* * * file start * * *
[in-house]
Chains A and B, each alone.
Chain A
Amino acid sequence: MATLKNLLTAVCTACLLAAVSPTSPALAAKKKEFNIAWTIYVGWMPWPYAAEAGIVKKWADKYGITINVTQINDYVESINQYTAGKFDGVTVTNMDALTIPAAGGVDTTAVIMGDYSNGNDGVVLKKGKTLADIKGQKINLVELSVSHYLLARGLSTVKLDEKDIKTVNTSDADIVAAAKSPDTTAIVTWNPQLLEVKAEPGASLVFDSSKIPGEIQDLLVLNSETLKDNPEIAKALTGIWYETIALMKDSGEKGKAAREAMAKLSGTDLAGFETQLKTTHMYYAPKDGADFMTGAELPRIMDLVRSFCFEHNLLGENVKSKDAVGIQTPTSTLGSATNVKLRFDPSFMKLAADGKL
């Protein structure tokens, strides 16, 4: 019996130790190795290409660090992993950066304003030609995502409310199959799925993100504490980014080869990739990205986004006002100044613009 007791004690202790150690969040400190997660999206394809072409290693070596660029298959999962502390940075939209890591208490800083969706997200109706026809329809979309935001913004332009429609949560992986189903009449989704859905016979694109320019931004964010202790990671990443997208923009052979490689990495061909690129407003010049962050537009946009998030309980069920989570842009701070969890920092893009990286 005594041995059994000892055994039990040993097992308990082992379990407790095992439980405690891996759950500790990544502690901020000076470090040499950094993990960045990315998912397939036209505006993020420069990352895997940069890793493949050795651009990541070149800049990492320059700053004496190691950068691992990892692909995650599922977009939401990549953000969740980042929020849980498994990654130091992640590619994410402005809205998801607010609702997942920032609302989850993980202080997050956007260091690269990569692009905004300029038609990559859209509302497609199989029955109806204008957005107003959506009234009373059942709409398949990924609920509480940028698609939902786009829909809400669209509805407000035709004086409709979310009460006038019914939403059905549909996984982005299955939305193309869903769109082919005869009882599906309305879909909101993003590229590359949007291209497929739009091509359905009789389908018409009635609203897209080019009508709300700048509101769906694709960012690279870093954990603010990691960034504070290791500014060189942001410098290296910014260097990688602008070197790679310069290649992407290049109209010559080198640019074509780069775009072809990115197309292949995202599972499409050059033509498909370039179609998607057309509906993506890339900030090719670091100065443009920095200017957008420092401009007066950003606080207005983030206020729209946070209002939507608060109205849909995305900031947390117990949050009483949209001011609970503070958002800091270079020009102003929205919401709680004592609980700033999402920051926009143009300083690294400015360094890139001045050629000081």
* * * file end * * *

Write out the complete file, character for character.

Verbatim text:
[in-house]
Chains A and B, each alone.
Chain A
Amino acid sequence: MATLKNLLTAVCTACLLAAVSPTSPALAAKKKEFNIAWTIYVGWMPWPYAAEAGIVKKWADKYGITINVTQINDYVESINQYTAGKFDGVTVTNMDALTIPAAGGVDTTAVIMGDYSNGNDGVVLKKGKTLADIKGQKINLVELSVSHYLLARGLSTVKLDEKDIKTVNTSDADIVAAAKSPDTTAIVTWNPQLLEVKAEPGASLVFDSSKIPGEIQDLLVLNSETLKDNPEIAKALTGIWYETIALMKDSGEKGKAAREAMAKLSGTDLAGFETQLKTTHMYYAPKDGADFMTGAELPRIMDLVRSFCFEHNLLGENVKSKDAVGIQTPTSTLGSATNVKLRFDPSFMKLAADGKL
């Protein structure tokens, strides 16, 4: 019996130790190795290409660090992993950066304003030609995502409310199959799925993100504490980014080869990739990205986004006002100044613009 007791004690202790150690969040400190997660999206394809072409290693070596660029298959999962502390940075939209890591208490800083969706997200109706026809329809979309935001913004332009429609949560992986189903009449989704859905016979694109320019931004964010202790990671990443997208923009052979490689990495061909690129407003010049962050537009946009998030309980069920989570842009701070969890920092893009990286 005594041995059994000892055994039990040993097992308990082992379990407790095992439980405690891996759950500790990544502690901020000076470090040499950094993990960045990315998912397939036209505006993020420069990352895997940069890793493949050795651009990541070149800049990492320059700053004496190691950068691992990892692909995650599922977009939401990549953000969740980042929020849980498994990654130091992640590619994410402005809205998801607010609702997942920032609302989850993980202080997050956007260091690269990569692009905004300029038609990559859209509302497609199989029955109806204008957005107003959506009234009373059942709409398949990924609920509480940028698609939902786009829909809400669209509805407000035709004086409709979310009460006038019914939403059905549909996984982005299955939305193309869903769109082919005869009882599906309305879909909101993003590229590359949007291209497929739009091509359905009789389908018409009635609203897209080019009508709300700048509101769906694709960012690279870093954990603010990691960034504070290791500014060189942001410098290296910014260097990688602008070197790679310069290649992407290049109209010559080198640019074509780069775009072809990115197309292949995202599972499409050059033509498909370039179609998607057309509906993506890339900030090719670091100065443009920095200017957008420092401009007066950003606080207005983030206020729209946070209002939507608060109205849909995305900031947390117990949050009483949209001011609970503070958002800091270079020009102003929205919401709680004592609980700033999402920051926009143009300083690294400015360094890139001045050629000081």